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Publication numberUS3565788 A
Publication typeGrant
Publication dateFeb 23, 1971
Filing dateJun 27, 1968
Priority dateJun 27, 1968
Publication numberUS 3565788 A, US 3565788A, US-A-3565788, US3565788 A, US3565788A
InventorsWalter D Foucher Jr, Eugene E Sensel, Robert M Suggitt
Original AssigneeTexaco Inc
Export CitationBiBTeX, EndNote, RefMan
External Links: USPTO, USPTO Assignment, Espacenet
Hydrocarbon conversion with clinoptilolite catalysts
US 3565788 A
Abstract  available in
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Claims  available in
Description  (OCR text may contain errors)

United States Patent O U.S. Cl. 208-111 5 Claims ABSTRACT OF THE DISCLOSURE Clinoptilolite, a natural zeolite, after being subjected to acid leaching, possesses catalytic properties for hydrocarbon conversion. In particular, this catalyst when combined with a Group VIII and/ or Group VI-B metal is useful as a hydrodewaxing catalyst for processing waxy hydrocarbon distillates.

BACKGROUND OF THE INVENTION This invention relates to hydrocarbon conversion processes employing a clinoptilolite catalyst. In one of its more specific aspects, the present invention relates to an acid treated clinoptilolite zeolite having catalytic properties. This invention is particularly related to the selective elimination of wax-like materials from fuel oil distillates and lubricating oil base stocks by the catalytic activity of a decationized clinoptilolite to which has been added a metal having hydrogenation catalytic activity.

It has been proposed heretofore to contact petroleum fractions with molecular sieves, i.e., zeolites capable of preferentially absorbing one hydrocarbon type, for example, straight chain normal paraffins or aromatic hydrocarbons, from a mixture containing several hydrocarbon types. In particular, molecular sieves having mean pore diameters of about 5 A. have been used for selectively removing straight chain parafiins from hydrocarbon mixtures. It has also been proposed to contact petroleum hydrocarbons with a variety of natural and synthetic zeolites to effect catalytic conversion of the hydrocarbons. Zeolites of the faujasite class, particularly synthetic alumino-silicates known as zeolite X, and zeolite Y, as well as zeolite A, have been found to possess catalytic activity in a variety of petroleum hydrocarbon transformations including hydrogenation, dehydrogenation, cracking, oxidation, isomerization and alkylation.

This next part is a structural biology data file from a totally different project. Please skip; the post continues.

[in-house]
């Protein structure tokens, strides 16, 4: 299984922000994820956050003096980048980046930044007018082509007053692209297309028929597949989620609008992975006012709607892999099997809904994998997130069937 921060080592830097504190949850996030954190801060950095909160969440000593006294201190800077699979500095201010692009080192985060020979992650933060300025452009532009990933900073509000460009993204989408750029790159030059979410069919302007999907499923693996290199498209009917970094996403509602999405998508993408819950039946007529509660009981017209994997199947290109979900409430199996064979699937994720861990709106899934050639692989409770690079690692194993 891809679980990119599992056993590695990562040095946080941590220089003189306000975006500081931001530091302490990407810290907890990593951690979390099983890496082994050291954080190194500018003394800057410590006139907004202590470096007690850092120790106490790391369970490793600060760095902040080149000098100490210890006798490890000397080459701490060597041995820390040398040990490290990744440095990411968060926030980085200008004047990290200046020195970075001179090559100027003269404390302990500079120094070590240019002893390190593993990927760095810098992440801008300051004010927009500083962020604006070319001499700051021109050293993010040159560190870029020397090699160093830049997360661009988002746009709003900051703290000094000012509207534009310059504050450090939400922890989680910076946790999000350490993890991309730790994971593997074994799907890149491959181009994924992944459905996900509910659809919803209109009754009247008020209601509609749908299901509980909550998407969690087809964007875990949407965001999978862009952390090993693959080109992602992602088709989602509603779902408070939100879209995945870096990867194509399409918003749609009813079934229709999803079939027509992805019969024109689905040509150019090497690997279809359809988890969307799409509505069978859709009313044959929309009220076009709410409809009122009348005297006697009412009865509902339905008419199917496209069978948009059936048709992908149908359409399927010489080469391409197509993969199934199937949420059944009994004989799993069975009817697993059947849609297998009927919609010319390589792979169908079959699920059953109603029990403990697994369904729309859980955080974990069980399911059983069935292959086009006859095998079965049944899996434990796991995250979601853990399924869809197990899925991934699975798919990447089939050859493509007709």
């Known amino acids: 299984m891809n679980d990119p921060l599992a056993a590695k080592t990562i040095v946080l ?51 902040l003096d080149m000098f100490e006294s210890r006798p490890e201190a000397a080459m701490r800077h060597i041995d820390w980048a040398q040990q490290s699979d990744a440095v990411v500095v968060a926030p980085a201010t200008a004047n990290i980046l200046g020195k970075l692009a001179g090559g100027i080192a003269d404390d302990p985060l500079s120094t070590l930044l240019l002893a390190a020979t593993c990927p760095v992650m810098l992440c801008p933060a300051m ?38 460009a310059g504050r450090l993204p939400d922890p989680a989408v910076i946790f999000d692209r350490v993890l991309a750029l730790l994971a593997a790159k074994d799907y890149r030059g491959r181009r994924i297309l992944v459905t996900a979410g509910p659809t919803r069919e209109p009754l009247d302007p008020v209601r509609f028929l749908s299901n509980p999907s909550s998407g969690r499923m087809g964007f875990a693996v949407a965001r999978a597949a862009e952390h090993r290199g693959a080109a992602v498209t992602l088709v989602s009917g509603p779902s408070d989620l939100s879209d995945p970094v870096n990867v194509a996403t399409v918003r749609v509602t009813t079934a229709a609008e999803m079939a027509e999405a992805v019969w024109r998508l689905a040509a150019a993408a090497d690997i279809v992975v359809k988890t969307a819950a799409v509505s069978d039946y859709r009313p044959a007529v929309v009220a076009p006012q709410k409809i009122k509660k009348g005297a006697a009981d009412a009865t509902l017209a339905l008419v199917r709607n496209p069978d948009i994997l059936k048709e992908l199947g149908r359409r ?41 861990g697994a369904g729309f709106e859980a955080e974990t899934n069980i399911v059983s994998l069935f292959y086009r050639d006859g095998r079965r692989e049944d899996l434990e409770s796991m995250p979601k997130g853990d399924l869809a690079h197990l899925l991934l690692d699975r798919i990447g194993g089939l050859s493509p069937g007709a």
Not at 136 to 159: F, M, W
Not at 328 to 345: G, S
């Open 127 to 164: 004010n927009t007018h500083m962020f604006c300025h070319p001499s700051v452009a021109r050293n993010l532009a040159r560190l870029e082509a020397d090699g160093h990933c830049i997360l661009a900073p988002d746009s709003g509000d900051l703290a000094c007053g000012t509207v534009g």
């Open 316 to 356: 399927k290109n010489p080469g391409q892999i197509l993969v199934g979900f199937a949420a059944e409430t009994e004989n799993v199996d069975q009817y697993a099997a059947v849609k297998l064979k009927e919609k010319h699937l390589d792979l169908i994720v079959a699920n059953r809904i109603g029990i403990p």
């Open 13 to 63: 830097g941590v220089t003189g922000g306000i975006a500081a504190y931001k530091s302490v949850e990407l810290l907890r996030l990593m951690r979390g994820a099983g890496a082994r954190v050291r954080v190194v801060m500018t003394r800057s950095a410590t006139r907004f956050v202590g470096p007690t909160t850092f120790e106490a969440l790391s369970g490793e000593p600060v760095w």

More recently, it has been proposed to selectively eliminate wax-like materials from petroleum distillates in hydroconversion processes employing mordenite-type zeolites.

Clinoptilolite is a natural zeolite related to heulandite. It is particularly rich in silica. Barrer and Makki found that by treating this zeolite with mineral acid of different strengths, the original cations were replaced with hydronium ions and aluminum was progressively removed to produce a porous, largely crystalline molecular sieve sorbent.

To date, there has been no reported evidence that acid treated clinoptilolite possesses catalytic activity.

SUMMARY OF THE INVENTION We have found that a clinoptilolite zeolite which has been subjected to acid treatment which substantially decreases the alkali metal and alkaline earth metal cation content, significantly reduces the alumina and soda contents and substantially increases the surface area, has enhanced catalytic activity for the conversion of hydrocarbons. Further we have found that by incorporating a Group VIII and/or Group VIB metal with an acid i 3,565,788 Patented Feb. 23, 1971 treated clinoptilolite, a catalyst is produced which is particularly useful for the selective hydrodewaxing of waxcontaining petroleum charge stocks.

Clinoptilolite in its natural form is not effective for hydrocarbon conversion regardless of whether the temperature is within the range usually employed to effect such conversions and regardless of catalyst additions. Clinoptilolite is a silica-rich zeolite related to heulandite and is one of the most siliceous aluminosilicates, having a silica to alumina mole ratio greater than about 10. Clinoptilolite belongs generally to the class of crystalline zeoites which have as their fundamental structure entity the (Al, Si)O tetrahedron. Each tetrahedron is joined to four like tetrahedra through the shared oxygen atoms at its apices. In zeolites, these three dimentional structures are not impaired by removal of the water of hydration from the molecule.

Structurally, clinoptilolite is significantly distinguishable from other zeolites. Clinoptilolite contains systems of essentially independent parallel channels, whereas other zeolites such as the faujasites and similar synthetic zeolites have three dimensional crystalline cage structures having four to six windows or pore openings per unit cell through which access may be had to the inner cavity or unit cell of the zeolite molecular sieve. Although natural mordenite also contains parallel channels, they are circumscribed by tweve membered rings. Clinoptilolite has a similar channel-type structure composed of octagonal channels surrounded by smaller pentagonal channe s.